Spreading Shaggy Moss - Rhytidiadelphus squarrosus
MNPS Threat Rank
Plants: Pleurocarpous (Vitt 1988), growing in open mats (Crum and Anderson et al. 1981), to 15 cm in length, soft (FNA 2014), not stiff, pale green to green with yellow tones (Lawton 1971) or vivid green, a little glossy, with somewhat reddish stems (Crum and Anderson et al. 1981). Stems creeping or ascending (Lawton 1971), primary stem growth seldom limited (not often dividing) with perichaetia and perigonia lateral; branches distant and erratically spaced to somewhat pinnate, sometimes reaching 12 mm in length; paraphyllia lacking; pseudoparaphyllia leaf-like (FNA 2014).
Stem Leaves: Overlapping below (Lawton 1971) but otherwise not usually crowded (Crum and Anderson et al. 1981) or crowded so as to hide the stem, typically spreading 90 degrees with the ends curved back and down, 2.4-4.2 mm in length, sometimes reaching 1.9 mm in width, pleated below, neither wavy across the leaf nor pleated, egg-shaped from a base somewhat enveloping the stem, narrowed above to form a long, grooved acumen (FNA 2014); leaf edges finely-toothed above (Crum and Anderson et al. 1981); costa extending to about 33% of the leaf length (FNA 2014), double, sometimes lacking (Lawton 1971).
Branch Leaves: Egg- to lance-shaped, typically smaller than the stem leaves (Lawton 1971), a little more densely-spaced and not so widely spreading (Crum and Anderson et al. 1981).
Leaf Cells: Medial laminal cells smooth (FNA 2014), those more distal longer and narrower than those below (Lawton 1971); basal laminal cells longer and narrower than alar cells; alar cells swollen, not porose, the alar region distinct (FNA 2014).
Rhytidiadelphus loreus, although very much alike in appearance to R. squarrosus, has pleated leaves and its alar cells are not particularly distinct from the adjacent cells (Crum and Anderson et al. 1981).
North American Range
AK, BC to OR, NL (FNA 2014). Known in Montana from Flathead, Lake, Lincoln, and Missoula Counties (Elliott and Pipp 2016).
Open brushy areas, exposed to moderately-shaded (FNA 2014) soil, humus, decaying wood including that in forested swamps, grassy disrupted areas such as grazing land, lawns, beside roads and trails; residing in acidic and basic conditions (Crum and Anderson et al. 1981). Occurring from lowlands to 980 feet (FNA 2014).
Dioicous with female plants resembling male plants. Seta about 20 mm tall (Lawton 1971), smooth. Capsule level, sometimes reaching 2.2 mm in length (FNA 2014), russet, creased or pleated when dry; exostome russet (Lawton 1971) with transverse fine lines or a network of them below; endostome processes with wide openings on the keel. Calyptra draping in cowl-like fashion, smooth and hairless (FNA 2014).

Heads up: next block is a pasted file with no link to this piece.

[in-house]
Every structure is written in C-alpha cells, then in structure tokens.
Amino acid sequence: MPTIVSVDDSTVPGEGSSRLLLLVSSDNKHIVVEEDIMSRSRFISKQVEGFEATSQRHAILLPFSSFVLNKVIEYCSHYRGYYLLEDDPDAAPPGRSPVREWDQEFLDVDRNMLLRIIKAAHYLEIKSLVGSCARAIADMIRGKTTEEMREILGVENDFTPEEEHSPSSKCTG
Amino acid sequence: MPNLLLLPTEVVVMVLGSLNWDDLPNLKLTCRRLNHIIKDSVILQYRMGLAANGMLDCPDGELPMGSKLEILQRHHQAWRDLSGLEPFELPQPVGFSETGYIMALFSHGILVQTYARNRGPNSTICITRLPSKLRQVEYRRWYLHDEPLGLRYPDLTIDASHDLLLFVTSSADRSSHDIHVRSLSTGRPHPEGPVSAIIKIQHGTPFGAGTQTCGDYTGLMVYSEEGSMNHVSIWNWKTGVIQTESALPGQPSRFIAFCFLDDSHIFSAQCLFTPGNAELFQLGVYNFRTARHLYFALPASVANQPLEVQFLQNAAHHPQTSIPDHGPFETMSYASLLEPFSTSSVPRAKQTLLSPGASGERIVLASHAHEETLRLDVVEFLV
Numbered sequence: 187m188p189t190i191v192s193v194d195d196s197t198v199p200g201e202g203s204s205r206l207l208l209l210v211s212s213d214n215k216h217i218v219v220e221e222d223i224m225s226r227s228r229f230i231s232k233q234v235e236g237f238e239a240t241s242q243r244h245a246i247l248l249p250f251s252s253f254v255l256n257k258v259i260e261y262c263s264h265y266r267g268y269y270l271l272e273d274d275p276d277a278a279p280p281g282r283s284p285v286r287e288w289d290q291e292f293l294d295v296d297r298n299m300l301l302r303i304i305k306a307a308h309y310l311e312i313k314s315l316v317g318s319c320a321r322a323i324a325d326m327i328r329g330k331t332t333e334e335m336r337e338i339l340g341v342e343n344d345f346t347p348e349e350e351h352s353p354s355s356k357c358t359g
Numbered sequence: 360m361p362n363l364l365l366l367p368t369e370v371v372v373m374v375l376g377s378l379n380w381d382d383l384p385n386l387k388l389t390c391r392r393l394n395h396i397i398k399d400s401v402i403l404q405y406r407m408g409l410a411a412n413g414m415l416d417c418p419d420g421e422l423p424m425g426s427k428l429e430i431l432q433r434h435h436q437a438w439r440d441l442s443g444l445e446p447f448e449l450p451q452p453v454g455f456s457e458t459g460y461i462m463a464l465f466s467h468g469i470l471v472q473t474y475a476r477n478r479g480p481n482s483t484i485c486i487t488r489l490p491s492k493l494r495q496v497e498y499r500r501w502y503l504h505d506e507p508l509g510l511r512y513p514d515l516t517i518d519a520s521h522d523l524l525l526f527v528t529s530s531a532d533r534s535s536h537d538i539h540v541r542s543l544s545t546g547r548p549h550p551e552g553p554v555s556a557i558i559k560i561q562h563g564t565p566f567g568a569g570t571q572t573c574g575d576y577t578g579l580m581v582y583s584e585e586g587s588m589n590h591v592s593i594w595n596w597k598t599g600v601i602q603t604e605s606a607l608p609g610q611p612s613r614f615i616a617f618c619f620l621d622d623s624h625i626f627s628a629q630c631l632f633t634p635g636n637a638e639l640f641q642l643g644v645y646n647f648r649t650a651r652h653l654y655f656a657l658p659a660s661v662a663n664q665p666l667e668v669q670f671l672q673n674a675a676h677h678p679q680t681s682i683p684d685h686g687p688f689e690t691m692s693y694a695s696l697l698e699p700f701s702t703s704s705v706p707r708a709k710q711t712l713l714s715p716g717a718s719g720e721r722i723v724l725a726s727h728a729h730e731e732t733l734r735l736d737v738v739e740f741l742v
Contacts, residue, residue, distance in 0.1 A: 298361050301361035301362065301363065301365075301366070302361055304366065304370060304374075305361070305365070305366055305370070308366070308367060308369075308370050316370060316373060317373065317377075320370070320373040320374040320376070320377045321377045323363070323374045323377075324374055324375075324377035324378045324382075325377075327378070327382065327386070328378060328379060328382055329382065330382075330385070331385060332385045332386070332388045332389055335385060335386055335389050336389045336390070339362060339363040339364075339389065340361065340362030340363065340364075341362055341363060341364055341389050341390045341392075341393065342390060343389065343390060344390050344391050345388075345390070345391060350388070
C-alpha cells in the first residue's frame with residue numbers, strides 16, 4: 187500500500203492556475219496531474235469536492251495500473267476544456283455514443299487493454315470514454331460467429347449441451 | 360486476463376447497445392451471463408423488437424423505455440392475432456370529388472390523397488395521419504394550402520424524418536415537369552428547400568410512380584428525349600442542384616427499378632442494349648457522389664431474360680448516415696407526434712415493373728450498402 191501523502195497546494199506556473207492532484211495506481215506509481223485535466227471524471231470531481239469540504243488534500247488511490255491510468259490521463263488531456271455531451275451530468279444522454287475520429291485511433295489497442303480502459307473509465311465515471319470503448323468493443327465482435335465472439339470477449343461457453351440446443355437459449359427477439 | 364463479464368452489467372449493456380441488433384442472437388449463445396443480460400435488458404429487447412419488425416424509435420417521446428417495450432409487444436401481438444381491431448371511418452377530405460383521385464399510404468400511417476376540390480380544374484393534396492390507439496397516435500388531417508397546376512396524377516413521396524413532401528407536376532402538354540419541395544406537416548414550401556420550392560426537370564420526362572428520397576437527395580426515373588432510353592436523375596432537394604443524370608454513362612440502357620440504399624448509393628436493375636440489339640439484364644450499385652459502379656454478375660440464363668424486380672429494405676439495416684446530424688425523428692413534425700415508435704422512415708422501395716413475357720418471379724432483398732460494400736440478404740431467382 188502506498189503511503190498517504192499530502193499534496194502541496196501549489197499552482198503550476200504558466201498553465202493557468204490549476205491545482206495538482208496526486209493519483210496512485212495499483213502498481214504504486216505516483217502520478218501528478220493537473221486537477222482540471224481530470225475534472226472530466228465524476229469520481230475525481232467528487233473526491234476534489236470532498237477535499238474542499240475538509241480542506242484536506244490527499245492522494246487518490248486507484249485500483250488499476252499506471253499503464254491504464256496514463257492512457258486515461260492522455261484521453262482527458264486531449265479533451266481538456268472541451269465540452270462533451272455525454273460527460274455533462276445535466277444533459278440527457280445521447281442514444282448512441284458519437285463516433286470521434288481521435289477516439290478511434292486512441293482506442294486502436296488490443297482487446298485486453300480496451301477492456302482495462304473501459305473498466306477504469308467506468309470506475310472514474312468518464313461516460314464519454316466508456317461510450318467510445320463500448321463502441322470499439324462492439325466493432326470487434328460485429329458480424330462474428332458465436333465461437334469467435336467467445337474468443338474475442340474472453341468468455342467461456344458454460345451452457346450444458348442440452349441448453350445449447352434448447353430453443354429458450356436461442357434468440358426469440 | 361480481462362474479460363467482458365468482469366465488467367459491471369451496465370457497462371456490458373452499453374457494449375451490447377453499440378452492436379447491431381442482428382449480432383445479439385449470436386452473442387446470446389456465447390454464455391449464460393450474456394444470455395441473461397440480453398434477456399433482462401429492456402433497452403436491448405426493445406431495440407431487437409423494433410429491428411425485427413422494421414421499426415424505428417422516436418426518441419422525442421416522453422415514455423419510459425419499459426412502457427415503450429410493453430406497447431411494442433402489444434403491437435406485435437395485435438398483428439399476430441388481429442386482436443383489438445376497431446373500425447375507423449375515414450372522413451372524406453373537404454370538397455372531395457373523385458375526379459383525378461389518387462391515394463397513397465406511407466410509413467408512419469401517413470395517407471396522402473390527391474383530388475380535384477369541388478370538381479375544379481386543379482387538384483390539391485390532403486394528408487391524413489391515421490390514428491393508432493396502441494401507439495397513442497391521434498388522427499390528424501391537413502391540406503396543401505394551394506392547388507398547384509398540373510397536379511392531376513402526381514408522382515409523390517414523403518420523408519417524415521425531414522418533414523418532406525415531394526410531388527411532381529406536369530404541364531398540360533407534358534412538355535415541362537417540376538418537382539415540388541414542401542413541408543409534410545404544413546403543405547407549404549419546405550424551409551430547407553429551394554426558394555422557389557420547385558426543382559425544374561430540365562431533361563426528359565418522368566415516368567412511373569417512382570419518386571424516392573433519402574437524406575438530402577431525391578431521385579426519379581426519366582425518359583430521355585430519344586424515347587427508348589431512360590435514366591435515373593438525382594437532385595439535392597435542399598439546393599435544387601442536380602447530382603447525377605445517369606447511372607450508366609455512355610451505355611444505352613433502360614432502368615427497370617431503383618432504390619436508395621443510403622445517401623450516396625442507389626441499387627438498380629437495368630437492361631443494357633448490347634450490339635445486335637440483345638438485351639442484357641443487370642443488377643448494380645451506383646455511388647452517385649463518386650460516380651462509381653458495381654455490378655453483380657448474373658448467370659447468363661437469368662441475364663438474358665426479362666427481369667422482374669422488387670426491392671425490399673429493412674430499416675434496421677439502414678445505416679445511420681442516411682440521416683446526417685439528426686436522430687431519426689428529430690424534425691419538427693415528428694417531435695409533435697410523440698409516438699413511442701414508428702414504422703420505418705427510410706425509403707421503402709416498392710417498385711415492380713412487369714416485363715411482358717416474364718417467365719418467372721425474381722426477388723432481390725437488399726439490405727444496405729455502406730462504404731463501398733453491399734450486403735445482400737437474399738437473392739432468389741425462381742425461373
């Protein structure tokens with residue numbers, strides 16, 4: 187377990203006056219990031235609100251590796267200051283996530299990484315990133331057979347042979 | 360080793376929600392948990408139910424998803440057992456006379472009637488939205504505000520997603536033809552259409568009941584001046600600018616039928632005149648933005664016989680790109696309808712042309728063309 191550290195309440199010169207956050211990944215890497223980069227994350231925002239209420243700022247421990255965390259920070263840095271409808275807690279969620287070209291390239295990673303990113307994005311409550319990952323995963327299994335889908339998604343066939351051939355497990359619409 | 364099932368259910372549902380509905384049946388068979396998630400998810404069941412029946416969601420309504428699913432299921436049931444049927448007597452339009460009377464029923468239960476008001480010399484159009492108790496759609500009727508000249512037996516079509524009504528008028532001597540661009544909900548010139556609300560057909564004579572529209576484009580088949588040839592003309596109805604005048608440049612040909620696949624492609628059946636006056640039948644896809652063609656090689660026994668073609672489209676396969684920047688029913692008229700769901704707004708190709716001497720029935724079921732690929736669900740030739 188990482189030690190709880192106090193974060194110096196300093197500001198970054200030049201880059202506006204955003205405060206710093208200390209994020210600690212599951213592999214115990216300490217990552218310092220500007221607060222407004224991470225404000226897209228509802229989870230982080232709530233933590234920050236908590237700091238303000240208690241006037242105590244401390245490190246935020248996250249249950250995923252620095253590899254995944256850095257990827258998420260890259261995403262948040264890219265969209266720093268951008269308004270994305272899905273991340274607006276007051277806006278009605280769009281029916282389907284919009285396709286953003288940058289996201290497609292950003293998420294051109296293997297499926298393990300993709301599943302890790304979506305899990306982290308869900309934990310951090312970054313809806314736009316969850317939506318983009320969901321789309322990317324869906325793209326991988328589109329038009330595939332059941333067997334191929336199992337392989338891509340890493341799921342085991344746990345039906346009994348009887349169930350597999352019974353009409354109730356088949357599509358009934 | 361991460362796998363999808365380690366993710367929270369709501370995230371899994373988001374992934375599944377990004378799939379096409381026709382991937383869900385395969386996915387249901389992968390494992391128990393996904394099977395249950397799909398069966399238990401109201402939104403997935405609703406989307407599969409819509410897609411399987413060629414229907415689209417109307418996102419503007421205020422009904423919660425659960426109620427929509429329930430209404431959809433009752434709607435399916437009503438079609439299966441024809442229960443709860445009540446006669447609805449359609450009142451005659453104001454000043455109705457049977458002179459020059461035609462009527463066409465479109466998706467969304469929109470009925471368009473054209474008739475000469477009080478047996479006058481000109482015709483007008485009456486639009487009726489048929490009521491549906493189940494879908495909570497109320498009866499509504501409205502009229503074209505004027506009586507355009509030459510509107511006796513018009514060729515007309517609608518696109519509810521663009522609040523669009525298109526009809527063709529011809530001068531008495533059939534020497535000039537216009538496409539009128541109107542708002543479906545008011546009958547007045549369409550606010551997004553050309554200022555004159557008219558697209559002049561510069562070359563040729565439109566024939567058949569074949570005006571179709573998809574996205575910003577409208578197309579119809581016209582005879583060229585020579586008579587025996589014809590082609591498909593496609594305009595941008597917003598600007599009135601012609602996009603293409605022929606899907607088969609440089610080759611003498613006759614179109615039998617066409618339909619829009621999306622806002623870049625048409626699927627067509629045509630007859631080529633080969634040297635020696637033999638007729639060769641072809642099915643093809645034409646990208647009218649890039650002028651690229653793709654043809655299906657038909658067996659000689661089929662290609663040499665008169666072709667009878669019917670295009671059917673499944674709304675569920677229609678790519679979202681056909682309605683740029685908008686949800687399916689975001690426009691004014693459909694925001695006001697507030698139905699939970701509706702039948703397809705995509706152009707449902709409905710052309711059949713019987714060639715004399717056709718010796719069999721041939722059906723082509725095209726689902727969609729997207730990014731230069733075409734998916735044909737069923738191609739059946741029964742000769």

- Literature Cited AboveLegend: View Online Publication
- Crum, H.A. and L.E. Anderson. 1981. Mosses of Eastern North America. 2 volumes. Columbia University Press, New York. 1328 pp.
- Elliott, J.C. and A.K. Pipp. 2018. A Checklist of Montana Mosses (1880-2018). December 20th. Montana Natural Heritage Program, Helena, Montana. 73 pp.
- Flora of North America Editorial Committee, eds. 2014. Flora of North America North of Mexico. Volume 28. Bryophytes: Mosses, Part 2. Oxford University Press, Inc., NY. xxi + 702 pp.
- Lawton, E. 1971. Moss Flora of the Pacific Northwest. Hattori Botanical Laboratory. Japan: Yamabuki-cho, Shinjuku-ku, Tokyo. 362 pages plus appendices.
- Vitt, D. J. Marsh, and R. Bovey. 1988. Mosses, Lichens & Ferns of Northwest North America. Seattle, WA: University of Washington Press. 296 p.
- Additional ReferencesLegend: View Online Publication
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- Lawton, E. 1971. Keys for the Identification of the Mosses on the Pacific Northwest. Reprinted from 'Moss Flora of the Pacific Northwest'. Published as Supplement No. 2 of the Journal of the Hattori Botanical Laboratory. Nichinan, Miyazaki, Japan. 66 pp.
- Malcolm, B., N. Malcolm, J. Shevock, and D. Norris. 2009. California Mosses. Nelson, New Zealand: Micro-Optics Press. 430 pp.
- Smith, A.J.E. 1980. The Moss Flora of Britain and Ireland. Cambridge University Press, Cambridge. 705 pp.